Review of Gendered Crossings in the Denver Post 3/20/2016
Gendered Crossings: Women and Migration in the Spanish Empire
By Allyson M. Poska (University of New Mexico)
From the academic title, you might think this is a book for scholars. Not so. “Gendered Crossings” is an absorbing story about women who were recruited to colonize Patagonia in the 1770s.
Spain wanted young families and fecund women who would populate the new world. The volunteers — nearly 2,000 in all — were shipped to Patagonia, where they found inadequate water and soil so bad that they couldn’t grow crops. Most of them left Patagonia for land near Buenos Aires. Life was hard even there as promised supplies lagged, and the settlers had to contend with Indians and disease.
Virtually all of them stayed, however, and became part of colonial society. While most remained peasants, a few became wealthy enough to purchase slaves.
This heavily researched book gives details about the women who made the crossing, about the roles they played and their family and sex lives. Although promiscuity was hardly unknown among the Spanish, most young girls were married off as young as 13 for their protection from sexual predators. Their husbands generally were 10 years older.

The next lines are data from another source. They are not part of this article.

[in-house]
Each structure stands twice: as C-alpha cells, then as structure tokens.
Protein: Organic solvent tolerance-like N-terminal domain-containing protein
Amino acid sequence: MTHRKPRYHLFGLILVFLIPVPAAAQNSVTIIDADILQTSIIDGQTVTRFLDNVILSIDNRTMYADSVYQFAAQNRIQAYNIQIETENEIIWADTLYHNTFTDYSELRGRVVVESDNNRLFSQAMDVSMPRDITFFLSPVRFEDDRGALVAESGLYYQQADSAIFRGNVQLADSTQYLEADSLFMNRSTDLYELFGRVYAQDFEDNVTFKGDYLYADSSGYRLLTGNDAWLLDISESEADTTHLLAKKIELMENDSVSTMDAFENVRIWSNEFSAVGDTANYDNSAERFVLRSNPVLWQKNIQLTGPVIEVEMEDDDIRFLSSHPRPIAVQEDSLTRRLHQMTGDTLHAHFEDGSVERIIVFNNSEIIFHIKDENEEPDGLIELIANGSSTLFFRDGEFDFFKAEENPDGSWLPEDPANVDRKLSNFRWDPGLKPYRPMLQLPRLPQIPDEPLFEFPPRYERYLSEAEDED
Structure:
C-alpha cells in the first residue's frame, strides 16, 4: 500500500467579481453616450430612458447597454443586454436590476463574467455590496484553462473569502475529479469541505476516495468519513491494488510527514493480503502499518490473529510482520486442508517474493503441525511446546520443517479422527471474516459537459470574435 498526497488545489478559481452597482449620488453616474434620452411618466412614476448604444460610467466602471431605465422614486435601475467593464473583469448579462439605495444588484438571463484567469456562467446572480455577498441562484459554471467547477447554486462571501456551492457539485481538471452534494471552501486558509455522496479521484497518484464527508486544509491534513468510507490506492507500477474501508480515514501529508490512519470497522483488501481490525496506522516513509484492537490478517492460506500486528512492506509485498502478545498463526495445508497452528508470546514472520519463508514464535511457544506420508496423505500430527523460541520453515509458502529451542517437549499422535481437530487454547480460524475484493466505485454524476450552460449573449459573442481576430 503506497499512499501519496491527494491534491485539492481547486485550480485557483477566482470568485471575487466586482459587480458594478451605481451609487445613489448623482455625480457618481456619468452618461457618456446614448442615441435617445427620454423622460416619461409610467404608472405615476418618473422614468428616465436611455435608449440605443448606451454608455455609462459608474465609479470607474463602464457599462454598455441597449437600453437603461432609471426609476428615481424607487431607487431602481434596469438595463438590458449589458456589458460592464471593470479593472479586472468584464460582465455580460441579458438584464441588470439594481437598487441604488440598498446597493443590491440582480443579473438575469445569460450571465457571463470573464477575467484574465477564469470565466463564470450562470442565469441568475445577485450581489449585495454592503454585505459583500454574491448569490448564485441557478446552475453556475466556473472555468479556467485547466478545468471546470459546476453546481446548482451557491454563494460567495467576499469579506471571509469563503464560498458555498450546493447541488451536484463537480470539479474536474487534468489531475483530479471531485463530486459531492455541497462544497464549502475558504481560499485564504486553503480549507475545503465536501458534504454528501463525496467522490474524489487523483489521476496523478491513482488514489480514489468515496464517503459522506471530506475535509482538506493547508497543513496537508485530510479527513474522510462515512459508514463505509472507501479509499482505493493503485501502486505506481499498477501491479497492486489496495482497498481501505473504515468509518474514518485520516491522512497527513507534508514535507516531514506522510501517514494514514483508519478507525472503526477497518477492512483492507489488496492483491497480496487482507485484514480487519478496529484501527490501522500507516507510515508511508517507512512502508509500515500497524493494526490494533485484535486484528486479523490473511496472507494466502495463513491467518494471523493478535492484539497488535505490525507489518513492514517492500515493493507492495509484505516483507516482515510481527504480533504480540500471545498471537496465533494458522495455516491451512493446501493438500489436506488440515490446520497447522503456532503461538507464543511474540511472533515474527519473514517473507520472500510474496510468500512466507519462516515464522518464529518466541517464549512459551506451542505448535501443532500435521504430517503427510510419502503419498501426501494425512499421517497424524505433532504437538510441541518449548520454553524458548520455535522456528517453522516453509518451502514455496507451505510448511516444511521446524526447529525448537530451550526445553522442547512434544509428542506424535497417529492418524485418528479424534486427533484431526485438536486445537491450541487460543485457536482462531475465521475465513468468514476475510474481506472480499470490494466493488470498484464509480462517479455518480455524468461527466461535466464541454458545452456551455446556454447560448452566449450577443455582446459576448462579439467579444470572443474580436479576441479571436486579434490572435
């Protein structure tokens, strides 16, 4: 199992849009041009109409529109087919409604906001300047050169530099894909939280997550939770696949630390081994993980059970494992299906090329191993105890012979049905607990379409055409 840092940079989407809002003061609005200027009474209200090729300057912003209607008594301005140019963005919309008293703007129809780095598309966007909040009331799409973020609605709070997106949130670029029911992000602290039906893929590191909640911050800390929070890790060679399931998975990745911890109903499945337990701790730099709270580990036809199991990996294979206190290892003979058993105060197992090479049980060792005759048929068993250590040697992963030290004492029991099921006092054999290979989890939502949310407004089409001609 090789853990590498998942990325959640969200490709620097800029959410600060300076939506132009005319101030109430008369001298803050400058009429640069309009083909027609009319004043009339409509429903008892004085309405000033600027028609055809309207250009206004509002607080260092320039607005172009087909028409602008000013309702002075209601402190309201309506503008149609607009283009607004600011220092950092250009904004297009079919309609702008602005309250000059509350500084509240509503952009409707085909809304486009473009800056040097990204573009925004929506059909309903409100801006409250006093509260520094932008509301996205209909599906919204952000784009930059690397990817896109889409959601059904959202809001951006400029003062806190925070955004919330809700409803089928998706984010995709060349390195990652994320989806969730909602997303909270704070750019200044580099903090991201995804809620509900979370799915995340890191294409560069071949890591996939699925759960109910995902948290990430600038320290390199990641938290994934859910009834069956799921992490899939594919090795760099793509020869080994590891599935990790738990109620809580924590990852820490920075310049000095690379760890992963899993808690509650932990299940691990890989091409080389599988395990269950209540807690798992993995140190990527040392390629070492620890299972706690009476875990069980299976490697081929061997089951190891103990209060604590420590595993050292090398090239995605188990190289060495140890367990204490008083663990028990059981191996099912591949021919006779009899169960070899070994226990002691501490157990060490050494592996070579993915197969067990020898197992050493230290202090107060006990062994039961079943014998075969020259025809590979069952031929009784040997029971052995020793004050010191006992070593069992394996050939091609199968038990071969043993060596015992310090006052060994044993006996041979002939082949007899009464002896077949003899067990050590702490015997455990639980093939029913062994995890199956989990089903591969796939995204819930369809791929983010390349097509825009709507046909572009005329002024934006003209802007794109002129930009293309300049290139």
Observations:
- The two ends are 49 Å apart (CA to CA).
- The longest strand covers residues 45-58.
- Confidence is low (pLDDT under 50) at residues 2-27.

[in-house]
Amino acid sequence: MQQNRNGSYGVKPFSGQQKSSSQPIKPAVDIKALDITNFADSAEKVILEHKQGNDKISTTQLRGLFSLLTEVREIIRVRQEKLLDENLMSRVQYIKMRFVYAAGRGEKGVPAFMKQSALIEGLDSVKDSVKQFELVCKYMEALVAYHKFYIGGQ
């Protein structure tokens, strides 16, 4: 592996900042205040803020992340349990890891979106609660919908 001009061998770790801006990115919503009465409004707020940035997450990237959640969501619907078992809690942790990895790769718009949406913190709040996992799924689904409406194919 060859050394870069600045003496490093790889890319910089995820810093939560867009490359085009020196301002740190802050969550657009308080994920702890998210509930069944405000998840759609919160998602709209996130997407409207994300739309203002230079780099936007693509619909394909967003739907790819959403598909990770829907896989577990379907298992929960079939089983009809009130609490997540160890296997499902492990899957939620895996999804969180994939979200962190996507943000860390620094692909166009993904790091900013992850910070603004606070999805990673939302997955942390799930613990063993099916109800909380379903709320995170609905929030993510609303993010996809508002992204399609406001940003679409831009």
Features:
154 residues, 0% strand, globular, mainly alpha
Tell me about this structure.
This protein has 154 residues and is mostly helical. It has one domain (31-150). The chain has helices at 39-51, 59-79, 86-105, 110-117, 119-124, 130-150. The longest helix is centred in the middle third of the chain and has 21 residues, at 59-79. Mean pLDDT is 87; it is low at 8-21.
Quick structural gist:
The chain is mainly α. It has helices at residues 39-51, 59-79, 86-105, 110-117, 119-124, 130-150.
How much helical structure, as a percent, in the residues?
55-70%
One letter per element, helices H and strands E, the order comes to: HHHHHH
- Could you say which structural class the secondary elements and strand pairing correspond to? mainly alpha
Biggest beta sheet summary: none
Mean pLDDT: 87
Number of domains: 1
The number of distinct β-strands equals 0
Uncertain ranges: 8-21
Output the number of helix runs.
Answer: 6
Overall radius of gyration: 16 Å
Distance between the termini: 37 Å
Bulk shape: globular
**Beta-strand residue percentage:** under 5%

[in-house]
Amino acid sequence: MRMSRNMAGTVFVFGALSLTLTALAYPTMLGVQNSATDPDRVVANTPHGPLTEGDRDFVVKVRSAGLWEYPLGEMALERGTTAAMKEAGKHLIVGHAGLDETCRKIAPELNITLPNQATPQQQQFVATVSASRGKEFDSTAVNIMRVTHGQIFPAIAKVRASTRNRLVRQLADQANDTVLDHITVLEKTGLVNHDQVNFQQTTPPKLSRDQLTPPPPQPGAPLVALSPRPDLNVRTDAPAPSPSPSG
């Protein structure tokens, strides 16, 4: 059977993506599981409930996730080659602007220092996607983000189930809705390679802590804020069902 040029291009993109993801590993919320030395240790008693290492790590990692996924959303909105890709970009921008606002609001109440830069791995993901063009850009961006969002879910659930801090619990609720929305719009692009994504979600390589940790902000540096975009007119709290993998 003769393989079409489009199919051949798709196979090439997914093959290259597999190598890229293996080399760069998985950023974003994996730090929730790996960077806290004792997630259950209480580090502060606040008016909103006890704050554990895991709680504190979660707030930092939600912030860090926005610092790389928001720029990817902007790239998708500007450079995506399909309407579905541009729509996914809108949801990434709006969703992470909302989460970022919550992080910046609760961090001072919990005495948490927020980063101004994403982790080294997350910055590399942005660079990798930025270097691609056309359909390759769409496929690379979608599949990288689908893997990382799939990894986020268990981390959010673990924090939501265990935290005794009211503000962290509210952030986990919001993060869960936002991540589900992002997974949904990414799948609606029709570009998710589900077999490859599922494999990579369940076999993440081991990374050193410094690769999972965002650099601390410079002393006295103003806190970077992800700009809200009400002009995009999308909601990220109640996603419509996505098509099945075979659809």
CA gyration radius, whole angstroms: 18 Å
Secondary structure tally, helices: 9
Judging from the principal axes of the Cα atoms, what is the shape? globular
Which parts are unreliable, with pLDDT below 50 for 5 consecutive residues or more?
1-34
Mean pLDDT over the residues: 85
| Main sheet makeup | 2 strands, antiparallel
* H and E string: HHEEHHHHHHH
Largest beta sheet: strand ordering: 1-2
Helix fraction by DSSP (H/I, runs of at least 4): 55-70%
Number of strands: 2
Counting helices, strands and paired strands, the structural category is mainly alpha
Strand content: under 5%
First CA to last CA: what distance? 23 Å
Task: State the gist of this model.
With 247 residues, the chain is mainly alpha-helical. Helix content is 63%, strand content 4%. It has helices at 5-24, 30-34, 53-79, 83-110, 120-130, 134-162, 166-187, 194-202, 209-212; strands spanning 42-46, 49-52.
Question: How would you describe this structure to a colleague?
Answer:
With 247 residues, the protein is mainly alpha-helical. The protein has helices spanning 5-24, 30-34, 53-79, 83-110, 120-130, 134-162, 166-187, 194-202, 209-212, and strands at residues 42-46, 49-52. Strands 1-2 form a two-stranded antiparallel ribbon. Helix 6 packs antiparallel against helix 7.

Author Allyson M. Poska’s figures about the deaths of children, wives and husbands tell better than any narrative of how heartbreaking life in the new world could be.
From the University of Mary Washington Magazine
Giving the SSEMW plenary in San Juan, Puerto Rico 2013
Giving the plenary at the Qualicum Graduate History Conference Parksville, British Columbia, January 2014